the most exciting part of going to the polls last night was the moment when i realized that my polling registration guy was also...my travel agent (who had heretofore been a disembodied voice on the phone). which led to a somewhat amusing conversation about whether i liked my london hotel room, and also that i would call him today about the honeymoon planning.

megan, on the other hand, was stuck behind a woman who a) didn't know if she was a democrat or republican, and b) wished to vote for multiple candidates.

tom said...

Two choice quotes. From Andrew Sullivan (conservative and Obama-guy), earlier today: "Never, ever under-estimate the ability of the Democratic Party to screw it up."

And a Will Rogers line (no, not that one, which is also pretty good and timely): "Democrats never agree on anything. That's why they're Democrats. If they agreed with each other, they would be Republicans."

lauren said...

that's the thing - when i started feeling the barfy-disappointment in my gut last night, it wasn't (just) because hillary pulled up again. i (re)started worrying about whether or not she could beat mccain, and about how we're wasting precious time with infighting. then the media teases me with heds about a joint ticket, and - i just feel very batted about. my feelings as a liberal voter are our cats' spit-covered mousie.

Meg said...

This post feels oddly unfinished... like you didn't have the heart to post about how we are eating each other for breakfast and we're blowing our one chance at the white house. Which I would understand. Yesterday was disheartening all around. Not that I even mind Hillary, but someone needs a clean win. If the Clintons try to broker this convention, my vote is they will destroy their legacy. And possibly our damn party.

lauren said...

@Meg: ding ding ding! we flipped back to political coverage once texas had been declared for hillary, and i tried to post one last bit about how i need to remember that i'll campaign for the victor no matter what, and this shit shouldn't matter that much...but.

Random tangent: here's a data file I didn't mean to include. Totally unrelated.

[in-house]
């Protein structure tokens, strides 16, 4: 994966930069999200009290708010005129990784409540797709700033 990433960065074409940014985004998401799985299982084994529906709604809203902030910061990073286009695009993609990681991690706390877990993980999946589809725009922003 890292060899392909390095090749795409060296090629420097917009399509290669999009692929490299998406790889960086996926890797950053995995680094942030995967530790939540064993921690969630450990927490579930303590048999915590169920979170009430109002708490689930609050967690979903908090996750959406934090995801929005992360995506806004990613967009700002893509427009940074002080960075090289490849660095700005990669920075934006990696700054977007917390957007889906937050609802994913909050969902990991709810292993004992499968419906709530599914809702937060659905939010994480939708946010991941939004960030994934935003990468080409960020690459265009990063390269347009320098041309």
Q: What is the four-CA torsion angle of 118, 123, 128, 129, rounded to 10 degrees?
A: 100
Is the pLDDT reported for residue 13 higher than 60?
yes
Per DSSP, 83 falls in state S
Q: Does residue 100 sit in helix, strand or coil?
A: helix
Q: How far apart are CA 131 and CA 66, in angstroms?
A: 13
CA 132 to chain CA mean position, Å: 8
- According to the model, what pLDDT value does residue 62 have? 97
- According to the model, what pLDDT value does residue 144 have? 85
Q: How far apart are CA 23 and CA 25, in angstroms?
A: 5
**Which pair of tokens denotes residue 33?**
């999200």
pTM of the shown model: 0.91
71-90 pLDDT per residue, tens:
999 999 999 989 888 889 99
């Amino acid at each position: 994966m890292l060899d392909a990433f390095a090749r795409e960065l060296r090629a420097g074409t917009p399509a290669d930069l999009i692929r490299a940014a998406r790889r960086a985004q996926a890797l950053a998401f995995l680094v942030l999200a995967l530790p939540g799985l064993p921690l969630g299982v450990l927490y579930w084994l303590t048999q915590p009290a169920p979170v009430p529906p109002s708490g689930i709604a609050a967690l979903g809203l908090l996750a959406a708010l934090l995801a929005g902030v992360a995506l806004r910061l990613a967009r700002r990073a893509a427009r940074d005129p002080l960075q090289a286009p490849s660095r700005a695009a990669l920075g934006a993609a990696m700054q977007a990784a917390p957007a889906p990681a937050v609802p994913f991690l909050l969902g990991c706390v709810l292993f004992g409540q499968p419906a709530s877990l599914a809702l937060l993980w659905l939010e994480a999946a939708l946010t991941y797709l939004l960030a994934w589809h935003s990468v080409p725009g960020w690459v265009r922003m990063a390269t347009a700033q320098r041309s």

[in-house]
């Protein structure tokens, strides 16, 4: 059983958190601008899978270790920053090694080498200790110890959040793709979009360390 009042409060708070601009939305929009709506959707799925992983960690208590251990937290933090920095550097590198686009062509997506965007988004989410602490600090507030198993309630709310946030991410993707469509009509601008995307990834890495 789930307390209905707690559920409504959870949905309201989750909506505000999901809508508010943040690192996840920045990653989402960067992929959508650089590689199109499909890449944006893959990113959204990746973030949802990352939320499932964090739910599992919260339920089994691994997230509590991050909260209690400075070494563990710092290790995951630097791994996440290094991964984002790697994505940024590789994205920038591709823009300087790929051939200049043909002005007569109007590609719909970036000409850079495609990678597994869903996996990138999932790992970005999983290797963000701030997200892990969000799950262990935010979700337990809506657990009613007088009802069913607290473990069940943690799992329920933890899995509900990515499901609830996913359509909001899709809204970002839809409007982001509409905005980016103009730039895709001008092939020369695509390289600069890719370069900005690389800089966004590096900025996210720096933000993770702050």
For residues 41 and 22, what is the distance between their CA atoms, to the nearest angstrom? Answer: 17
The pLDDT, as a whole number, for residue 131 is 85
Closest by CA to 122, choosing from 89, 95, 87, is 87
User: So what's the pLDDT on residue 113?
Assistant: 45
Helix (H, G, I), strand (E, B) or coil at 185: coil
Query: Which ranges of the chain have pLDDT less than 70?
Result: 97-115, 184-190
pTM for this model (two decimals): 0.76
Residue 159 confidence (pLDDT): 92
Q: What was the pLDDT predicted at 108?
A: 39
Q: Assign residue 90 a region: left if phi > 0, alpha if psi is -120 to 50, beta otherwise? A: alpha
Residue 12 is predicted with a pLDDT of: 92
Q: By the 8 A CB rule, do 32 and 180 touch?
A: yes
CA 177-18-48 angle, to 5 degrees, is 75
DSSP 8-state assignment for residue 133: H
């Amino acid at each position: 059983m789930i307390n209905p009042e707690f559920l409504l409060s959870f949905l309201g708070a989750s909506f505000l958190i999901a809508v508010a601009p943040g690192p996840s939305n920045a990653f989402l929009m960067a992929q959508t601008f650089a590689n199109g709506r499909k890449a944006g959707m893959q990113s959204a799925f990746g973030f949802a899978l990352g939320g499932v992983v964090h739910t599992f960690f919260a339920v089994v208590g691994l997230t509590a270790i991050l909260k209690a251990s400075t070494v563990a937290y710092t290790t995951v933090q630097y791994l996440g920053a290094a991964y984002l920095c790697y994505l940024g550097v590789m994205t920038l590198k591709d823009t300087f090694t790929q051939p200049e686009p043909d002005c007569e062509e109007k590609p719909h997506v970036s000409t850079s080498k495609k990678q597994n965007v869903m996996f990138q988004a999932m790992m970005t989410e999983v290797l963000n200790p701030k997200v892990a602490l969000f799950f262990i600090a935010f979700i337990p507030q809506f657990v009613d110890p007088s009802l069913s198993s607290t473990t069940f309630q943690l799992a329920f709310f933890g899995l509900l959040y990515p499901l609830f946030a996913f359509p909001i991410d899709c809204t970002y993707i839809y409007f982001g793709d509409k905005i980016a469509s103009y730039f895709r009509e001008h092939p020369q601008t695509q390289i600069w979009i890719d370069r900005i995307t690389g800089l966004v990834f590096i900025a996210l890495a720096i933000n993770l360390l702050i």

in short, yes, i have blue state blue balls.

tom said...

Of course, figuring out who won, after all of the primaries are done, is not obvious. Do you count votes, with each caucus participant being equal to a primary voter? Do you count delegates, which are apportioned in a really screwy way, based in part on past performances? And what about Michigan and Florida and --

[political vapor lock]

wabes said...

RE: Alex P. Keaton...my best-friend-turned-chauvinist-archrival in grade school (really, it happened young) somehow modeled himself after Alex, which I picked upon and would call him "Alex P. Keaton" to try to get him to stop telling me boys were naturally smarter than girls. For some reason, this seemed really cutting in grad school. But he never stopped.

But when I think of the young Republicans, he often comes to mind. Does that mean that Mallory is campaigning for...Clinton or Obama, though?

Primary coverage here has been weird - everyone was surprised when Hillary won TX and OH, and photos in the news have shifted 180, with Obama now looking glum and serious, and HIllary looking less tired than usual. When people ask me about it, though -- which happens as much here as in Germany -- I just tell them that I want an electable Democrat. Now, I add, that I want the infighting to be done with.